The authors recently completed the data collection portion of the study. The study from development to implementation represented a massive undertaking requiring widespread engagement from hospital administration, ground level providers and a large study team. These efforts resulted in the successful implementation of regular, high-quality ISS at a Level 1 trauma centre – at minimum, an effective proof of concept. The existing literature is sparse regarding similar efforts and this is likely, in part, due to the inherent challenges of integrating trauma and ISS:
• Bringing an ad hoc team together for regular training when they spend the rest of their day in other areas of the hospital
• The unpredictability of trauma care, requires that the authors delay or cancel sessions when a real patient requires care
• The integration of ISS when it is not yet part of the institutional culture, mandates considerable efforts to positively affect change
Employing key change management strategies, outlined by Kotter, was essential for the study’s success. This study also allowed us to apply a novel approach to LST identification. Until now, most studies using ISS for LST identification relied on participant feedback or video review at the discretion of the researchers. The authors applied a novel human factors approach (i.e., framework analysis) to perform a deep dive into the potential areas of risk to patients. In addition, the authors developed a novel tracking tool that can be quickly used to study team workflows, highlight high traffic areas, engage participants and investigate different team behaviours (figure 1). Much of the data analysis was performed by human factors experts (HumanEra) with whom the authors partnered throughout the study. This unique partnership was a key element leading to the innovations (both framework analysis and tracking tool) developed during the study.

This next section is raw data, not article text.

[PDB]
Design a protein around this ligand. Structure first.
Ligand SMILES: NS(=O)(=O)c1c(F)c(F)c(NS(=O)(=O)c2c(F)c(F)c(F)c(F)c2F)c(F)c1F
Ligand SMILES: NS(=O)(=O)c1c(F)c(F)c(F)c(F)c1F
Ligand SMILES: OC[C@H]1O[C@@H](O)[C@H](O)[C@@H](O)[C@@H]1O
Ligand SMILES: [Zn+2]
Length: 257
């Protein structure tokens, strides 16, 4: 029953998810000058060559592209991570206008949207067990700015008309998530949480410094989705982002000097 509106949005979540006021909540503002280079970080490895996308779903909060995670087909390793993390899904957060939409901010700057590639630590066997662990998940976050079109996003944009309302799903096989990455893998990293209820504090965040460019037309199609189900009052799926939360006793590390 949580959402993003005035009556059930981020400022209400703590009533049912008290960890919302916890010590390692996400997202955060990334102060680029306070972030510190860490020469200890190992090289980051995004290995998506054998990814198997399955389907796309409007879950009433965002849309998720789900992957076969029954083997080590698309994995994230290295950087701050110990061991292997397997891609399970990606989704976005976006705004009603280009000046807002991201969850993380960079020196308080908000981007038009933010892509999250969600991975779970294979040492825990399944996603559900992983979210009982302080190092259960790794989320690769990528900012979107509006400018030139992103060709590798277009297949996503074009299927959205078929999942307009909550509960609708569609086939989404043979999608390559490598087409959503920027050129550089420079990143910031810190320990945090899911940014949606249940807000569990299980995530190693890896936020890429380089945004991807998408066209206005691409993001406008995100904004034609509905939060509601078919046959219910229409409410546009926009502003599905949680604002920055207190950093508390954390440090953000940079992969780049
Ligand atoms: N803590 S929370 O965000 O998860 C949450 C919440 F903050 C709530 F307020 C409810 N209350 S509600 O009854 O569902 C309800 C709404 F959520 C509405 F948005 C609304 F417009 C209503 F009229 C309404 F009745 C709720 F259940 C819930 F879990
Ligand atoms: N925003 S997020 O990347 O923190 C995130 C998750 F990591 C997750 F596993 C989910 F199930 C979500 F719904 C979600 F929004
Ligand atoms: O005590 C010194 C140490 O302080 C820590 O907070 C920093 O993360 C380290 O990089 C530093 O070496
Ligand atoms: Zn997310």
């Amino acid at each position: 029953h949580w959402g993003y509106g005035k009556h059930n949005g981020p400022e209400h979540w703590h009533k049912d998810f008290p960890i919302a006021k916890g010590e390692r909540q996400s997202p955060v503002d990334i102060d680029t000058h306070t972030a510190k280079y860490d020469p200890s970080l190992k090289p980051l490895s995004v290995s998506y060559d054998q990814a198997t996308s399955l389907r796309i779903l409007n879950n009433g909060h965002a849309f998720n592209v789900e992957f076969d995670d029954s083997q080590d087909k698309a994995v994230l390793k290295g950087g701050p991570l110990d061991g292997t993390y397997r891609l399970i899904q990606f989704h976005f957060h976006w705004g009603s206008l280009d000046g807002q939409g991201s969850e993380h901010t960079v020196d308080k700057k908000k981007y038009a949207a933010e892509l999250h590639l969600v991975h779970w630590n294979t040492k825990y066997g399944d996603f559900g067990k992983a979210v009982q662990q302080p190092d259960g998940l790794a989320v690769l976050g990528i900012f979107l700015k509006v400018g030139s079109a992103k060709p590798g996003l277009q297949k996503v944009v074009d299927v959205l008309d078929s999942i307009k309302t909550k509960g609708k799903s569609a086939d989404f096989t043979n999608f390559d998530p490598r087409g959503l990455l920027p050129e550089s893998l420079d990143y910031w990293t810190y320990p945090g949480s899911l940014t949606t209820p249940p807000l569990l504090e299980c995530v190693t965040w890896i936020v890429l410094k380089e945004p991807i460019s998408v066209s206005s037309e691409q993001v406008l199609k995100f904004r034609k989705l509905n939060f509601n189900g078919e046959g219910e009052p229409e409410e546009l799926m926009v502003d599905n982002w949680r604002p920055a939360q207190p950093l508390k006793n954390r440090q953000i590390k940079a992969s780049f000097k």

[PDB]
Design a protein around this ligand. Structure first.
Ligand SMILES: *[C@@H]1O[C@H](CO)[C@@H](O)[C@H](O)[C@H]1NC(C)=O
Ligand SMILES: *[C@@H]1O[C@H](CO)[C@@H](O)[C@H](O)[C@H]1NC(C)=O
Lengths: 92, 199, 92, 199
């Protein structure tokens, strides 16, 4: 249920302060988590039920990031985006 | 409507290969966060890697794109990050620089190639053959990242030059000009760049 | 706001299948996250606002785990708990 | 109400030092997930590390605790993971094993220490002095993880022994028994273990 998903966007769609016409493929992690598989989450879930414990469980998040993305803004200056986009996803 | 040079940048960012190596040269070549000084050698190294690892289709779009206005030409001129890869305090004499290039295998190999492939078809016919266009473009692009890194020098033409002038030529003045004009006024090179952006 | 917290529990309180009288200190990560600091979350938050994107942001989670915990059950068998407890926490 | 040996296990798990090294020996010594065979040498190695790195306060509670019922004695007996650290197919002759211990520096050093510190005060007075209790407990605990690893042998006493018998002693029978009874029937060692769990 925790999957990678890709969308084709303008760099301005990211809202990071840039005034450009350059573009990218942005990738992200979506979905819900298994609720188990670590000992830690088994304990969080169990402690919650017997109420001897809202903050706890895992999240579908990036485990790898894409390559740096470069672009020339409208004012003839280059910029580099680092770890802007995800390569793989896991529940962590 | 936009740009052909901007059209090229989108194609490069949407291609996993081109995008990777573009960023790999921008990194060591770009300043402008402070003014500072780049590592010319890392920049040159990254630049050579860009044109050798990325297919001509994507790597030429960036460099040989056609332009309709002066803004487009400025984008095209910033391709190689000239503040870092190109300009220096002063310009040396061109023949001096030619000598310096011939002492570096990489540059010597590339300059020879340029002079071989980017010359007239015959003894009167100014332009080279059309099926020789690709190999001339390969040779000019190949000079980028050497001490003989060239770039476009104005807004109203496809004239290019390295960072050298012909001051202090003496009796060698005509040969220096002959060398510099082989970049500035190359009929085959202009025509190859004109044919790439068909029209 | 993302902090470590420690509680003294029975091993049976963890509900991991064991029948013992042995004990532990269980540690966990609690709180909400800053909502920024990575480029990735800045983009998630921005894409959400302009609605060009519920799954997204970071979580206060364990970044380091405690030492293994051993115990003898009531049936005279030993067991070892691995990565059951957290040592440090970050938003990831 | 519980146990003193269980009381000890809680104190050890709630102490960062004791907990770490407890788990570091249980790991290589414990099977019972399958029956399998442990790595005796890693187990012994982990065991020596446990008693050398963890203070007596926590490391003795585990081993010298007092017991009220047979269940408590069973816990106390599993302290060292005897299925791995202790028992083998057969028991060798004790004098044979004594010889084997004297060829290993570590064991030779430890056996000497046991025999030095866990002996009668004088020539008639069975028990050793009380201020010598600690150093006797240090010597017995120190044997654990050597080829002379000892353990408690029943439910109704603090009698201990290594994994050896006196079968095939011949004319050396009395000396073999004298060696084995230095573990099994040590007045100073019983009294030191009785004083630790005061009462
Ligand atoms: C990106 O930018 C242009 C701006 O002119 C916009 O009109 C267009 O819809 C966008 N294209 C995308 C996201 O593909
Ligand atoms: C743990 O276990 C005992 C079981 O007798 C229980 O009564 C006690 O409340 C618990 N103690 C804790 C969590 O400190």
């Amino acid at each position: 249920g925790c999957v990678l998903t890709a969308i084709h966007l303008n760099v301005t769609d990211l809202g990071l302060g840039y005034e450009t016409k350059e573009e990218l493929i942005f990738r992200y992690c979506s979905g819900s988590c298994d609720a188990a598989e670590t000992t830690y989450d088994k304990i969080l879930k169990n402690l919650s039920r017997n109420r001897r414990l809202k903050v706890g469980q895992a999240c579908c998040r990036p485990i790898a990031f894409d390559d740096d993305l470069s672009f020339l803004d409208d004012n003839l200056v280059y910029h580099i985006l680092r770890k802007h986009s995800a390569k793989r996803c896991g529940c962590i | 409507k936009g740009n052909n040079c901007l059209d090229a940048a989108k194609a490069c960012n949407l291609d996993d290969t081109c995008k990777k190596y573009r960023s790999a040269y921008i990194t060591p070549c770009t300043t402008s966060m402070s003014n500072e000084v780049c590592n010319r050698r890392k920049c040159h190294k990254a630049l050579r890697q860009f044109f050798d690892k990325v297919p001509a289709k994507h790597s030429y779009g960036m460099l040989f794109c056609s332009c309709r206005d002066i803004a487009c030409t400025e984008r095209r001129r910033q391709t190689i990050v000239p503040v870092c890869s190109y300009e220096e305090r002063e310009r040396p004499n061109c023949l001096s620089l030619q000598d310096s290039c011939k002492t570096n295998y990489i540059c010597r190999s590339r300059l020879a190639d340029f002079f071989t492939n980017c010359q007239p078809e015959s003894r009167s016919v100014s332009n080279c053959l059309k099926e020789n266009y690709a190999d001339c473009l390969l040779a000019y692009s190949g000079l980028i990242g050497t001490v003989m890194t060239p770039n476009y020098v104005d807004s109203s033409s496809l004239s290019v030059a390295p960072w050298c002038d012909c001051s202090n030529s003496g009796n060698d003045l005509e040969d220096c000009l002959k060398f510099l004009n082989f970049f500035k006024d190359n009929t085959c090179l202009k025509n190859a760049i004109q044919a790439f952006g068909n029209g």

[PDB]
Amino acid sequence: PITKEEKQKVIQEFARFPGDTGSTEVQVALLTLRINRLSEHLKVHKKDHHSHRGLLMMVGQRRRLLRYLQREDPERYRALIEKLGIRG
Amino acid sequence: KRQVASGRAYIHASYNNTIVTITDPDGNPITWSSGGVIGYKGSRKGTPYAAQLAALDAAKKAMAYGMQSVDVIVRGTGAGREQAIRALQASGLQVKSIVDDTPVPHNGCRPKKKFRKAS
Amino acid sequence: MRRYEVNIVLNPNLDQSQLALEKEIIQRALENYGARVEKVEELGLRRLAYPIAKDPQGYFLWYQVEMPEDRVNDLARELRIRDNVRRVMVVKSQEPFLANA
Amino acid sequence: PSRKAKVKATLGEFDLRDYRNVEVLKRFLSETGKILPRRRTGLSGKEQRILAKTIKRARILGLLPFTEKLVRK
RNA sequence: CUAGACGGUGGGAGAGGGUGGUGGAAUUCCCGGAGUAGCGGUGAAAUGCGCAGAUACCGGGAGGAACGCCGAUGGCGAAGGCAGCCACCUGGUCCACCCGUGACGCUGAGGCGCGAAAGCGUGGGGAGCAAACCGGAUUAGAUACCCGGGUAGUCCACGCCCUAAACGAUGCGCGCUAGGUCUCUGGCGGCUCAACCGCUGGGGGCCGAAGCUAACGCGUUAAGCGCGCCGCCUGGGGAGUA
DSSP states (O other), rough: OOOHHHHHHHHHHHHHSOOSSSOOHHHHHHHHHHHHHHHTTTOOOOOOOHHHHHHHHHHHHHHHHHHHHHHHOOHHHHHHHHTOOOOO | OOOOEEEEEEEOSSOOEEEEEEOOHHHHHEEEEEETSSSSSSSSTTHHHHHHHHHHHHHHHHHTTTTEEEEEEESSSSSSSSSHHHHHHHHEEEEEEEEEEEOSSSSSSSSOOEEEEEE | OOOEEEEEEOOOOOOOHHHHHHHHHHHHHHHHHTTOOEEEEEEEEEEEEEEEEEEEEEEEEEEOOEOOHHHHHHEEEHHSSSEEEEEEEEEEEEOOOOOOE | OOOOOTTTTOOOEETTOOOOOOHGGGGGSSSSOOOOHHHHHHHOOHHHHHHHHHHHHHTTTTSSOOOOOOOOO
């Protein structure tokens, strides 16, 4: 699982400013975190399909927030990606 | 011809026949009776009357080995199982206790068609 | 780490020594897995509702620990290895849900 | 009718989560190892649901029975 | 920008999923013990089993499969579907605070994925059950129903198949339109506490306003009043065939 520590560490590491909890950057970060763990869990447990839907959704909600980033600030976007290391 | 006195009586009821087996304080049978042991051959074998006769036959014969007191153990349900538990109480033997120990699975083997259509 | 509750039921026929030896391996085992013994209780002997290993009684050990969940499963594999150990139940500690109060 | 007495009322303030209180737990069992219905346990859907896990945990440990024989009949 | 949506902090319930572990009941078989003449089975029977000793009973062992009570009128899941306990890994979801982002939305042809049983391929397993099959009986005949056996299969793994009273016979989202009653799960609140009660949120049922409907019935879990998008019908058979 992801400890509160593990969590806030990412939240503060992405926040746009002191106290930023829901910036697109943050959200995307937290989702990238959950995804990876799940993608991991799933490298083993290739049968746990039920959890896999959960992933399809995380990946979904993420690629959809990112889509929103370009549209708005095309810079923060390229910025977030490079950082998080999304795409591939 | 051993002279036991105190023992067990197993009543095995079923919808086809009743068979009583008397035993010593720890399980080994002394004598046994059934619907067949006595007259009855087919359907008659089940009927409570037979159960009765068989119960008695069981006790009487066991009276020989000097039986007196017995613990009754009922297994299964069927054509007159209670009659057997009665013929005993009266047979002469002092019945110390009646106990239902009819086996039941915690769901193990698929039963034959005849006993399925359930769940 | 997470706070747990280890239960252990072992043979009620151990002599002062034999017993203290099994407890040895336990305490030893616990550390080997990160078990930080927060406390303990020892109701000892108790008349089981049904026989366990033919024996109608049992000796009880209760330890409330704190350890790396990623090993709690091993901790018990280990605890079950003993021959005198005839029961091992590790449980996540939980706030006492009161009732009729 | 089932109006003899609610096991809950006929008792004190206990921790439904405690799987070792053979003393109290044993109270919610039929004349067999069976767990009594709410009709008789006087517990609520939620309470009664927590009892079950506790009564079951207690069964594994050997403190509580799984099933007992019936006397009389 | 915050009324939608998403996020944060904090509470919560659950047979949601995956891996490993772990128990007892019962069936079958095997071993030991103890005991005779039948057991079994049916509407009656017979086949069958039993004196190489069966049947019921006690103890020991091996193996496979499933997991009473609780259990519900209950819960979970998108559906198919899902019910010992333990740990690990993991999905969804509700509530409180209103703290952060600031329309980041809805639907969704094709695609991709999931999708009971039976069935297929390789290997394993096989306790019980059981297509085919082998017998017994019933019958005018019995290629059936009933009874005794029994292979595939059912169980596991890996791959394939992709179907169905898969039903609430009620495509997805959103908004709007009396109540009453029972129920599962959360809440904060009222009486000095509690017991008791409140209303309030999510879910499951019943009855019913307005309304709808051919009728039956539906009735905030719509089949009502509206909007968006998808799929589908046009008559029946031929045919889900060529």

The data from this study has helped inform changes across several domains:
• Modifications to our high-stakes processes (e.g., massive transfusion protocol)
• Ergonomic optimization of existing equipment, workspace and workflows
• Identification of areas for subsequent educational efforts and increased staffing to enhance trauma team performance
• Integration of findings into the design of a new ED space and infrastructure
In-situ simulation represents a unique and effective training strategy to target both educational and quality improvement efforts, particularly in high-stakes environments. Future studies should investigate the impact of regular ISS on patient oriented outcomes.1
More about CAEP FEI
This post was originally authored for the Canadian Association of Emergency Physicians (CAEP) Feature Educational Innovations project sponsored by the CAEP Academic Section’s Education Working Group and edited by Drs. Teresa Chan and Julien Poitras. CAEP members receive FEI each month in the CAEP Communiqué. CanadiEM will be reposting some of these summaries, along with a case/contextualizing concept to highlight some recent medical education literature that is relevant to our nation’s teachers.